The old HP 4600 series type of see through flatbed scanner is still the best way. I still do this.
I've scanned entire playfields and entire cabinets very successfully stitching with Photoshop Elements.
As already noted, the amount of overlap of scans is very important for any stitching effort, including photographs. Too little and it doesn't work well. Too much is never bad.
If you can find a flatbed scanner that can work upside down (I've never found one but some people say they exist) that will work too.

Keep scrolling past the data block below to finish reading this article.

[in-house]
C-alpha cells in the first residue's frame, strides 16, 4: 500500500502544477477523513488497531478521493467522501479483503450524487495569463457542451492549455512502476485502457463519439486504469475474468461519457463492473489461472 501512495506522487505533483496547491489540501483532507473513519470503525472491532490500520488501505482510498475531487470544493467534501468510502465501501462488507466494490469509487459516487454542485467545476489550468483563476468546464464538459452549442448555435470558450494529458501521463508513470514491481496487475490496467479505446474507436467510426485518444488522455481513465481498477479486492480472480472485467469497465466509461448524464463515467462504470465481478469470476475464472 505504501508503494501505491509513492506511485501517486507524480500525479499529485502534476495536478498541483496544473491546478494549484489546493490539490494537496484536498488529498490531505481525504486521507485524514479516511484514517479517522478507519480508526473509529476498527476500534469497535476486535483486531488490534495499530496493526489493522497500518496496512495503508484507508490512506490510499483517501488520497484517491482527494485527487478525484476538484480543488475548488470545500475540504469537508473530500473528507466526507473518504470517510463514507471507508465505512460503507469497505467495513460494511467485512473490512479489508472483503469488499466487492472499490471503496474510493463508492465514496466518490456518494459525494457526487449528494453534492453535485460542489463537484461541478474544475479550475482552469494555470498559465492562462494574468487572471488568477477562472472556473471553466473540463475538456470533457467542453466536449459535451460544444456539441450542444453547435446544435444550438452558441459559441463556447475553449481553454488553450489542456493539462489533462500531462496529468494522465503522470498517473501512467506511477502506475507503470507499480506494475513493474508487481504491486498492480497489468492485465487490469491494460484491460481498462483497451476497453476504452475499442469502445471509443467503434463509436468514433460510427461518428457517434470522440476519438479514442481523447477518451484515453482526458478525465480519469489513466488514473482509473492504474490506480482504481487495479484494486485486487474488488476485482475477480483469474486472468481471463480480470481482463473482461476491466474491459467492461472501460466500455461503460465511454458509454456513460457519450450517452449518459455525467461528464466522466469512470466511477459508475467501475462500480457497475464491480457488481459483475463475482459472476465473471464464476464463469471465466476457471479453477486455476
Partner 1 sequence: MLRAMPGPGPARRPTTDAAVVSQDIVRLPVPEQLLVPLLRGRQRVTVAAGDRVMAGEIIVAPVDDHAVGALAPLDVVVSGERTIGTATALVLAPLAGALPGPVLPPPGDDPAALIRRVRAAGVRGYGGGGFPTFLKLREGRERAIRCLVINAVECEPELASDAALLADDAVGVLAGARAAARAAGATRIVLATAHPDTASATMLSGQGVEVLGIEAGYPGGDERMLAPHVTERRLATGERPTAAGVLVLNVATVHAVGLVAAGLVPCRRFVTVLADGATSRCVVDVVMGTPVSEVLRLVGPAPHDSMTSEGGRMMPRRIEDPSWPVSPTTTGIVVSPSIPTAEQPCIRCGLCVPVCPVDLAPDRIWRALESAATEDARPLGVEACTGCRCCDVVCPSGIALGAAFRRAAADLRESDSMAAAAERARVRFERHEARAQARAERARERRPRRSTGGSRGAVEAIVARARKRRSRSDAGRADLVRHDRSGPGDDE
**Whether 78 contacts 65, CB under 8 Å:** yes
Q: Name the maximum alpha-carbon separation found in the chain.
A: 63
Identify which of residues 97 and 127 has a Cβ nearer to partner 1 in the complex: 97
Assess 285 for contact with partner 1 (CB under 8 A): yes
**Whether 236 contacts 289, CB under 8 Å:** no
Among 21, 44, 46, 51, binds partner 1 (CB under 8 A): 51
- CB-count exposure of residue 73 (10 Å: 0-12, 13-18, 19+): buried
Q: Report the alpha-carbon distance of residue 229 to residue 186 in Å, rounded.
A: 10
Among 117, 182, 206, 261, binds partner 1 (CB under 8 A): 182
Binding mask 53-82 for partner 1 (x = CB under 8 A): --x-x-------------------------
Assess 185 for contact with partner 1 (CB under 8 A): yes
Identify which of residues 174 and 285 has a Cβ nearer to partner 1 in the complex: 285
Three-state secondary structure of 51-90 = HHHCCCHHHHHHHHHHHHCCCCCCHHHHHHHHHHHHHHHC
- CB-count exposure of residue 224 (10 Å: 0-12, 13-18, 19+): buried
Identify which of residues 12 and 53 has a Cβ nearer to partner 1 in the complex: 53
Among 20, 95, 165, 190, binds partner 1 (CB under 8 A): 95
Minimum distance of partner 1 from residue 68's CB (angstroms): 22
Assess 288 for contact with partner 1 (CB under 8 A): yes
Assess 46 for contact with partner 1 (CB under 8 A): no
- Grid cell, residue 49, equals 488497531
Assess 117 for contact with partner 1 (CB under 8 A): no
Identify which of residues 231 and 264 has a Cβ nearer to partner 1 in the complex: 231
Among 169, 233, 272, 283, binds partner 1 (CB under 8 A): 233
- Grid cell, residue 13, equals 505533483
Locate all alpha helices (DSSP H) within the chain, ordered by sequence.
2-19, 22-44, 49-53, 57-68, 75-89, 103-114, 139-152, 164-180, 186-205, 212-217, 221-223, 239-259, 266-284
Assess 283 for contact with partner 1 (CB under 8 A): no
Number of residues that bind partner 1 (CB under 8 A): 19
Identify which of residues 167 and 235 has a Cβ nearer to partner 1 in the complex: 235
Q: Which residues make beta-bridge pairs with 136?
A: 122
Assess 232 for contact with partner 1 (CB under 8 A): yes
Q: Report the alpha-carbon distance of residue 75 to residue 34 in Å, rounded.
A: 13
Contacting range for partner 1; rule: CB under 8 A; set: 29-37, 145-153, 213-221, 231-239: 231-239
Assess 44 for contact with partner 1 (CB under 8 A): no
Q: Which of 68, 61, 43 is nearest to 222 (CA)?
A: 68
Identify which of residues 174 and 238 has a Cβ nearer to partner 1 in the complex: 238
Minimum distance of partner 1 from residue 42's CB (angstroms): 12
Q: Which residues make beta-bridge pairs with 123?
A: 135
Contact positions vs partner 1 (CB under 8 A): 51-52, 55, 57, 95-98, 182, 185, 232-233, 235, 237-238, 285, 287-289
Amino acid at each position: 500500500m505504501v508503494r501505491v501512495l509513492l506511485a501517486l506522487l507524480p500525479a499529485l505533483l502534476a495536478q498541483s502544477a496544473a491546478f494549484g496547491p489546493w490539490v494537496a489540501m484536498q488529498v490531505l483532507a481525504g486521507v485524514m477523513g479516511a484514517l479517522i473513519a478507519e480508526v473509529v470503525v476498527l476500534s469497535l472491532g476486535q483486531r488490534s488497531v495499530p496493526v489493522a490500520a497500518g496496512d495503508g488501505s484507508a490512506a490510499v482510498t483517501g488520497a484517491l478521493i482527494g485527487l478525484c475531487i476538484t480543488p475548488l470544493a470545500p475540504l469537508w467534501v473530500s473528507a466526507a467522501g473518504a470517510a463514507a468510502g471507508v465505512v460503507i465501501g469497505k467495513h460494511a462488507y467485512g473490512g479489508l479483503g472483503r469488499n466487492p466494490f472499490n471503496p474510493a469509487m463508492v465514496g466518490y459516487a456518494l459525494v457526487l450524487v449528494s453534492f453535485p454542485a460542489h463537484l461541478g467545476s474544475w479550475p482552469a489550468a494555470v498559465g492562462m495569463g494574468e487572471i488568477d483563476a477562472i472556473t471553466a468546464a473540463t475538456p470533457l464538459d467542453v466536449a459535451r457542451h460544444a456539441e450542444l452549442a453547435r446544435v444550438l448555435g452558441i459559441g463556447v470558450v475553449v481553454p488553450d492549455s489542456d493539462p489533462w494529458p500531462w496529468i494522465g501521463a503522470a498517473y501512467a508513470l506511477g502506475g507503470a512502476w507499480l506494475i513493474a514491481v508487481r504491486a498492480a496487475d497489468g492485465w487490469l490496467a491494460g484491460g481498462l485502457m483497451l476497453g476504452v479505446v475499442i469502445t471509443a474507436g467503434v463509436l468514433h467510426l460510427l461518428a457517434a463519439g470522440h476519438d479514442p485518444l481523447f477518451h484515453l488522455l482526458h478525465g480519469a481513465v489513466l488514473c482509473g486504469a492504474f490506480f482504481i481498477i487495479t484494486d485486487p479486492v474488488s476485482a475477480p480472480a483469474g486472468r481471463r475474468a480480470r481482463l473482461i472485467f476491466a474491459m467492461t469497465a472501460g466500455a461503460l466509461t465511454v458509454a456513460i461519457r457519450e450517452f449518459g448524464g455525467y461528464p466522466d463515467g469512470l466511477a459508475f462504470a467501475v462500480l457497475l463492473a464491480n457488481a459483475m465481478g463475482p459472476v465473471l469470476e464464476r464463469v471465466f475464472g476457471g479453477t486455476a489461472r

The flatbeds I have only support the scan bar on only one side, gravity keeps the other side on the rail. Turn them upside down and they are crooked and jam.
As a last resort you can do good scanning with a camera using the same overlap rules and a fixed camera to object distance. But it needs a lot more distortion correction and scaling in Photoshop. A lot more work.